- This subclass serves the role of Tankius Maximus the Chonklord. Good tank. Great tank. Best tank. Trust us, we know our tanks, and none of them are better than this tank. Just look at the amount of meat they can slap on their bones every round at max level. Yuge.
- Circle of Dreams druids are connected to the Feywild and are best friends with good-aligned Fey, since they share the same goal of protecting the magic in nature. Druids of this circle have powers related to healing, shelter, and dreams, with a side of being able to travel like the Fey do.
- This subclass serves the role of support healer.
- Circle of the Shepherd druids are conjuration-masters/pseudo-Shamans. These druids protect and heal beasts and nature spirits, and can call upon them in turn for some help and neat bonuses.
- This subclass serves the role of minion master.
- Circle of Spores followers are essentially Nurgle druids, who take power from the cycle of life, death, and decay. They're creepy but generally okay folks as long as you don't have a problem with mushrooms. They were first printed in the Guildmaster's Guide to Ravnica and associated with the green/black Golgari Swarm, but they can fit in any setting.
- This subclass serves the role of a constant stream of damage, though at max level they become almost as brokenly hard to kill as moon druids.
- Circle of Stars druids are astrologers, who take their power from the sky instead of the land. Their wildshape can instead turn them into one of three constellations- the Archer (shoots magic arrows), the Chalice (buffs healing), and the Dragon (helps you maintain concentration and gives skill check bonuses), and they get a bunch of divination powers.
- This subclass... is the arcana cleric of druids. It's sort of a grab-bag of abilities with no clear role in mind.
- Circle of Wildfire druids do not, contrary to first appearances, just want to burninate all the things- they represent fire as part of the natural cycle. Forest fires may be dangerous, but they clear up the forest floor, kill pests, and even promote seed germination, and that is what these druids devote themselves to. As such, while these druids have standard fire spells, they're also good healers. Their main draw is that they can summon a Wildfire Spirit to burn foes or revive friends. Whether WotC intends to ever release water, air, and earth themed druids remains to be seen.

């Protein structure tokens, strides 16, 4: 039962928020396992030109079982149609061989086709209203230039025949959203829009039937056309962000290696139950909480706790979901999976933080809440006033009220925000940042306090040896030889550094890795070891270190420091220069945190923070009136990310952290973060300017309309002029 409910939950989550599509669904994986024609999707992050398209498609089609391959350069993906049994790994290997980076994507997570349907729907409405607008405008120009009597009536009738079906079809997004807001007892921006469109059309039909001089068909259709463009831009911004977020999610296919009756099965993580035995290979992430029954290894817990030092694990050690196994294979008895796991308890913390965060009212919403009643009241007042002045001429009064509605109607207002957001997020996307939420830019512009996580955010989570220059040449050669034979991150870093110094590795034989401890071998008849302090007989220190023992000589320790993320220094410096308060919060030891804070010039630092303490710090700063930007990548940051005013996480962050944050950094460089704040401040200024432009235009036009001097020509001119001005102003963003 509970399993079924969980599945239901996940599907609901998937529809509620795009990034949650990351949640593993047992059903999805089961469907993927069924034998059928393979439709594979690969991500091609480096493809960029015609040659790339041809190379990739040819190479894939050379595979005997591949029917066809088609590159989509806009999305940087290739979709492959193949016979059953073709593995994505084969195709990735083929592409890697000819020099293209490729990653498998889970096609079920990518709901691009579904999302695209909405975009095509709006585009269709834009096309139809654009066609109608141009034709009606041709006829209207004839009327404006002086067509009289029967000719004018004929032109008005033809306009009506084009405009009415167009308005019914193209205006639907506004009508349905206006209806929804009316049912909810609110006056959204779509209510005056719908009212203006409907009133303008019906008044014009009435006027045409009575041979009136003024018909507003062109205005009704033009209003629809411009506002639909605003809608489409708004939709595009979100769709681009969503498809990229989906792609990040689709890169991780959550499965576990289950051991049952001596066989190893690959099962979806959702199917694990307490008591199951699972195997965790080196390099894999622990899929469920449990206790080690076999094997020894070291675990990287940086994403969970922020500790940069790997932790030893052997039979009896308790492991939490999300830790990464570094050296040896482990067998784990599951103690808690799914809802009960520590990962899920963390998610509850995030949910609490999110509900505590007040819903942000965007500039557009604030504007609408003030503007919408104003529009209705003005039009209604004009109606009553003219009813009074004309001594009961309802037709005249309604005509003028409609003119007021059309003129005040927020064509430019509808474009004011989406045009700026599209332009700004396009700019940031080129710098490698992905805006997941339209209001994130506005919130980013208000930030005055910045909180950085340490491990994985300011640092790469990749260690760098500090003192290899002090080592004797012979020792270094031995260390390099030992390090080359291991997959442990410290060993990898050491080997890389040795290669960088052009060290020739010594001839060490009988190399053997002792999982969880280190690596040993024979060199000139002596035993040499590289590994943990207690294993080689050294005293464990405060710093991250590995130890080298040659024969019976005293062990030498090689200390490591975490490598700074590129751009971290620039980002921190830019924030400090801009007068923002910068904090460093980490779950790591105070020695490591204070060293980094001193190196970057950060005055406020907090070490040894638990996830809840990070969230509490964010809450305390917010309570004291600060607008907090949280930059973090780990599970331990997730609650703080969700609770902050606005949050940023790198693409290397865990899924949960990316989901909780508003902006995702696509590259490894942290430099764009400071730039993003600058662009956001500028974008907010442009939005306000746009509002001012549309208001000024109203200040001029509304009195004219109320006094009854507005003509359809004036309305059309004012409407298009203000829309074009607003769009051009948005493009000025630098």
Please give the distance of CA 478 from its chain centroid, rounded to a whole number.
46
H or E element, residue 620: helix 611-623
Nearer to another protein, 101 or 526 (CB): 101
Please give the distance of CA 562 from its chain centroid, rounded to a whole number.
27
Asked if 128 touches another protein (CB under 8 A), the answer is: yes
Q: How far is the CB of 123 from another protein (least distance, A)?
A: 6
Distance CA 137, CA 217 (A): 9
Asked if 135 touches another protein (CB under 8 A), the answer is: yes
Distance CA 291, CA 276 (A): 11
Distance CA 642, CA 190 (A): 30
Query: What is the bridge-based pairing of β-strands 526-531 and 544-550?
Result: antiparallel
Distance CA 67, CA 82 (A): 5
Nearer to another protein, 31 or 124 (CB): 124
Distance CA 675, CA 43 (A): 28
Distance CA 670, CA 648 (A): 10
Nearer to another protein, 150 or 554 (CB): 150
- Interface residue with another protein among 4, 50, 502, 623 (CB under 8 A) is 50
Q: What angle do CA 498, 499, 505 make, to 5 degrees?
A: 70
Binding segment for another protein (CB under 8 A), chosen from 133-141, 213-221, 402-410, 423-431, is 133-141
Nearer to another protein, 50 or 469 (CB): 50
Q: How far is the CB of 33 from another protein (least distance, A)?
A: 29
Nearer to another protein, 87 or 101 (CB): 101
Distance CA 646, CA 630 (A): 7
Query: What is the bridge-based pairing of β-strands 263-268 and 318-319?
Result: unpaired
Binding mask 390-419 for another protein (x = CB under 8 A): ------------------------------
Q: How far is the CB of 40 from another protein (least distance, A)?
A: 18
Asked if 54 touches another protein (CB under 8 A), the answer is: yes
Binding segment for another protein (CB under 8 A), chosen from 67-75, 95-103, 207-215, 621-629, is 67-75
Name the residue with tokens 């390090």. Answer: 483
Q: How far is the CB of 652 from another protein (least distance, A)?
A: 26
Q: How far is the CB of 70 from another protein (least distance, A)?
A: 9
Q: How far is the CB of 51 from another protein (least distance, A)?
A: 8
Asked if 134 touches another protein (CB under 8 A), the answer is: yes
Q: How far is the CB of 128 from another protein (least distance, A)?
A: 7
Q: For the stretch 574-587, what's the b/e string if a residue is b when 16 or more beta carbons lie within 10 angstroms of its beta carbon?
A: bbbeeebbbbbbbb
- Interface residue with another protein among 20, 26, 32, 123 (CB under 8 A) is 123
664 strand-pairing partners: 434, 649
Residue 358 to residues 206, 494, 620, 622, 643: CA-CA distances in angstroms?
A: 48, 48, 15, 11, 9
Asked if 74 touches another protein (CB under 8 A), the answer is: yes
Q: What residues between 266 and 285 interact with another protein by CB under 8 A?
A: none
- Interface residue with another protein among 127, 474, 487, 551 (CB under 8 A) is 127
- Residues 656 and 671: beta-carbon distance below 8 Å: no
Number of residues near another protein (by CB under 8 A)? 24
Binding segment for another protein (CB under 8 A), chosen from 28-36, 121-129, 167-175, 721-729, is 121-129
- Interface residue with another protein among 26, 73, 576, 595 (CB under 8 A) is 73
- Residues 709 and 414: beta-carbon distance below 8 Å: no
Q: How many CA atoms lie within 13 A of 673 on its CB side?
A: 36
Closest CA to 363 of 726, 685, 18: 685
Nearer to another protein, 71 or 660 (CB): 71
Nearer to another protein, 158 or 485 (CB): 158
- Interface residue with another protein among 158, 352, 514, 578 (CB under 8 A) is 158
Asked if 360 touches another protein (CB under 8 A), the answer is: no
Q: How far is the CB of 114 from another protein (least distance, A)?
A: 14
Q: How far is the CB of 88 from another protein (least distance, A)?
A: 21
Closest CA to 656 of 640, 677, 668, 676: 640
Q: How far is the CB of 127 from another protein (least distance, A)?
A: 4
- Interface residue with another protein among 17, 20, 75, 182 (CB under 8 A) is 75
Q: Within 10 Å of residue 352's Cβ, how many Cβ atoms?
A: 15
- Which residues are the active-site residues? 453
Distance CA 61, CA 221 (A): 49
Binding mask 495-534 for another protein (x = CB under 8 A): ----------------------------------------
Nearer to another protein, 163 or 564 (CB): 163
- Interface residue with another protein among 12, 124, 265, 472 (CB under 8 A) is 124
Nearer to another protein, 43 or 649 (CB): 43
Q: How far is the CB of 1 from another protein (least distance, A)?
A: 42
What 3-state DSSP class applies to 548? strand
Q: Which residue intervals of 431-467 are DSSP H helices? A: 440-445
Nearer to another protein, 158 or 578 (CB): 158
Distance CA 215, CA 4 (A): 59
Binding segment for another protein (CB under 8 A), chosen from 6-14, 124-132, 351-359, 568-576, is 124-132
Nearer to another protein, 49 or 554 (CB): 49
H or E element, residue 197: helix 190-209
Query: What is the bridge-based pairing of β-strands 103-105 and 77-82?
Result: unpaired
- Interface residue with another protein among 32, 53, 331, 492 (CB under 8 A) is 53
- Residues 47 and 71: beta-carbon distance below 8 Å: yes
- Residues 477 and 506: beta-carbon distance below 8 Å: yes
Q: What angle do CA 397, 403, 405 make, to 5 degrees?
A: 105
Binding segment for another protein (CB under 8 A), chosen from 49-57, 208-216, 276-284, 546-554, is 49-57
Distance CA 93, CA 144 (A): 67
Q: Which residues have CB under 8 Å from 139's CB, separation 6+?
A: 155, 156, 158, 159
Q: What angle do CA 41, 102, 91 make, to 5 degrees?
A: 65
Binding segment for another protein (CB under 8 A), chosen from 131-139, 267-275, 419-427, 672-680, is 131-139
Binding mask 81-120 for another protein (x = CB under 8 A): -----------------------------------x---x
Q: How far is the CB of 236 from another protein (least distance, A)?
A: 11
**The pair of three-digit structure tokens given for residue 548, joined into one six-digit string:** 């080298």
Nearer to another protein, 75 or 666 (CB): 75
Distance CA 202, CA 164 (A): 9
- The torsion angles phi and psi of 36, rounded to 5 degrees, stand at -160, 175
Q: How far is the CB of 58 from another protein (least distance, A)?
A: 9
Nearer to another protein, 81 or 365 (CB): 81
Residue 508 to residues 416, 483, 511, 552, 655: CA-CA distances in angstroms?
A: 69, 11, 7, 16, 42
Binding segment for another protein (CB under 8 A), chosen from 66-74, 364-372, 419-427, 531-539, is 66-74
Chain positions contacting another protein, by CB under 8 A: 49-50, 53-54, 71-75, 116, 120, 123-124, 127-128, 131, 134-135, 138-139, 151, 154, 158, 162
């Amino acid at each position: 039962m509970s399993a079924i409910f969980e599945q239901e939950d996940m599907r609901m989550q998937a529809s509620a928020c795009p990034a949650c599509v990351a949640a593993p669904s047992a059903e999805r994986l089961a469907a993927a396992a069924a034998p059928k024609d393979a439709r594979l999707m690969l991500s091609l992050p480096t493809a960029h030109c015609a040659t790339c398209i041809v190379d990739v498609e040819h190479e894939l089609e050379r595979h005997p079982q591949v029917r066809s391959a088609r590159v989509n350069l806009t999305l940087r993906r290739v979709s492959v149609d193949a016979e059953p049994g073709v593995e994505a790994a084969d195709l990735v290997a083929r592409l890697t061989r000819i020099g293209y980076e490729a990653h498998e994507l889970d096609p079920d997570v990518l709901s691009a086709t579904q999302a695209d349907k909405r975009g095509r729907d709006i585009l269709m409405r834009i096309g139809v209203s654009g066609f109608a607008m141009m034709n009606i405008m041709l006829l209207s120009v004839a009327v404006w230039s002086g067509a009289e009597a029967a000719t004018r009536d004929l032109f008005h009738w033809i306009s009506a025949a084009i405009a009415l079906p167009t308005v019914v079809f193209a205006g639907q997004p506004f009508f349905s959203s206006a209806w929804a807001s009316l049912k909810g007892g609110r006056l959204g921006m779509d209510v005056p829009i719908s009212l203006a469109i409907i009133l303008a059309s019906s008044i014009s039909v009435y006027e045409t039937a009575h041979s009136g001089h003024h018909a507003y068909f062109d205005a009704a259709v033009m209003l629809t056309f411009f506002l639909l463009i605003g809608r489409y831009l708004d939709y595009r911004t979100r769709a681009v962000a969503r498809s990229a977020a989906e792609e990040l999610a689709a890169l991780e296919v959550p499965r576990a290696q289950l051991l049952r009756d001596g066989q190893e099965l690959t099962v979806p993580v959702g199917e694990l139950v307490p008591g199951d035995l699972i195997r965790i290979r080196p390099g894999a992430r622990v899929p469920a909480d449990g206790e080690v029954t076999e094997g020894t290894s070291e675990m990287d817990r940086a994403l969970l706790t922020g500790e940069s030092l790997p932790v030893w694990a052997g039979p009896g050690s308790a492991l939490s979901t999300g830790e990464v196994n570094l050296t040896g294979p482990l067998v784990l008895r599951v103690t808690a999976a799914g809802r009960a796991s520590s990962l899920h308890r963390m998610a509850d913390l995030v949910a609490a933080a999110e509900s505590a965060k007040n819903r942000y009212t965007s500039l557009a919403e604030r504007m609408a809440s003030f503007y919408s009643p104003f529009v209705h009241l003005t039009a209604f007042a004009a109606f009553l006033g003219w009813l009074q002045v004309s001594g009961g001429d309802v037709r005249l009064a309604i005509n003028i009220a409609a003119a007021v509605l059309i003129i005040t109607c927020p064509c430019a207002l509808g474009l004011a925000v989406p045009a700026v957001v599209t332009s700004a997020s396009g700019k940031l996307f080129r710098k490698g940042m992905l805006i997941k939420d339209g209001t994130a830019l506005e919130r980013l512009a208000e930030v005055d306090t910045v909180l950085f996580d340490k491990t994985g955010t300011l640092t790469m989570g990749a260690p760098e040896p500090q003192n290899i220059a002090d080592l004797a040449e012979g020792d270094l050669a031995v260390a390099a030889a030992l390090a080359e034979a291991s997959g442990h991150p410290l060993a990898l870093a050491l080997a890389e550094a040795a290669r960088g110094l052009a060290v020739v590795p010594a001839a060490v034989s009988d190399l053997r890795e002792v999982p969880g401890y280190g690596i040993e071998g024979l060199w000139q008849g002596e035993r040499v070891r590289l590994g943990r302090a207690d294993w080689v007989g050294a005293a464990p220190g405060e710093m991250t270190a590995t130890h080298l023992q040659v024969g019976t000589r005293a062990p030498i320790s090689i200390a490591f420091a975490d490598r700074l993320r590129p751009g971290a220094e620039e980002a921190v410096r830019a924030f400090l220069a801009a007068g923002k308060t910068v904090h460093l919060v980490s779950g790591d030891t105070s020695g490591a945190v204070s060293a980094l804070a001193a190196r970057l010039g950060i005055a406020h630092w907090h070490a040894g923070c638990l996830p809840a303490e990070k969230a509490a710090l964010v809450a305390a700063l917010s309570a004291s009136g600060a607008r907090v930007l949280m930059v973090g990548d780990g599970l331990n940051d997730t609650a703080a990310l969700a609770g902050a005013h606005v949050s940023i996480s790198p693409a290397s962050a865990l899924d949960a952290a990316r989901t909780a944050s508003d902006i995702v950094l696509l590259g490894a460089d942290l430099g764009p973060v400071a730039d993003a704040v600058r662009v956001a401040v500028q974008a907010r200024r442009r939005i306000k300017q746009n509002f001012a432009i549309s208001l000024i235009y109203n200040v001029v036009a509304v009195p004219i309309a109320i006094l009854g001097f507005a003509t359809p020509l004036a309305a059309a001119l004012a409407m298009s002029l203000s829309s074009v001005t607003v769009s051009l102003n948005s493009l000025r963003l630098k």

- This subclass splits the difference between the dreams and spore druids in terms of role.
Unearthed Arcana adds the undead-fighting Circle of Twilight, and Exploring Eberron adds the Circle of the Forged, which focuses on creating and exploring the potential of the Warforged.
Broadly speaking, the Druid subclasses in 5e take one broken part of what the Druid used to be able to do (shapeshifting, spells, summoning) and give it back, thus ensuring that all the broken parts can't be assembled together in one character.
|Dungeons & Dragons 4th Edition Classes|
|Player's Handbook 1:||Cleric - Fighter - Paladin - Ranger - Rogue - Warlock - Warlord - Wizard|
|Player's Handbook 2:||Avenger - Barbarian - Bard - Druid - Invoker - Shaman - Sorcerer - Warden|
|Player's Handbook 3:||Ardent - Battlemind - Monk - Psion - Runepriest - Seeker|
|Heroes of X:||Blackguard* - Binder* - Cavalier* - Elementalist* - Hexblade* - Hunter*|
Mage* - Knight* - Protector* - Scout* - Sentinel*
Skald* - Slayer* - Sha'ir* - Thief* - Vampire* - Warpriest* - Witch*
|Settings Book:||Artificer - Bladesinger* - Swordmage|
|Others:||Paragon Path - Epic Destiny|
*·: Non-AEDU variant classes
|Dungeons & Dragons 5th Edition Classes|
|Barbarian - Bard - Cleric - Druid - Fighter - Monk |
Paladin - Ranger - Rogue - Sorcerer - Warlock - Wizard
|Tasha's Cauldron of Everything:||Artificer - Expert - Spellcaster - Warrior|
|Van Richten's Guide to Ravenloft:||Apprentice - Disciple - Sneak - Squire|
|The Classes of Pathfinder 1st Edition|
|Core Classes:||Barbarian - Bard - Cleric - Druid - Fighter - Monk |
Paladin - Ranger - Rogue - Sorcerer - Wizard
|Alchemist - Antipaladin - Cavalier |
Inquisitor - Oracle - Summoner - Witch
|Arcanist - Bloodrager - Brawler - Hunter - Investigator |
Shaman - Skald - Slayer - Swashbuckler - Warpriest
|Kineticist - Medium - Mesmerist |
Occultist - Psychic - Spiritualist
|Ultimate X:||Gunslinger - Magus - Ninja - Samurai - Shifter - Vigilante|
|The Classes of Pathfinder 2nd Edition|
|Core Classes:||Alchemist - Barbarian - Bard - Champion - Cleric - Druid |
Fighter - Monk - Ranger - Rogue - Sorcerer - Wizard
|Advanced Player's Guide:||Investigator - Oracle - Swashbuckler - Witch|
|Secrets of Magic:||Magus - Summoner|
|Guns and Gears:||Gunslinger - Inventor|
|Dark Archive:||Psychic - Thaumaturge|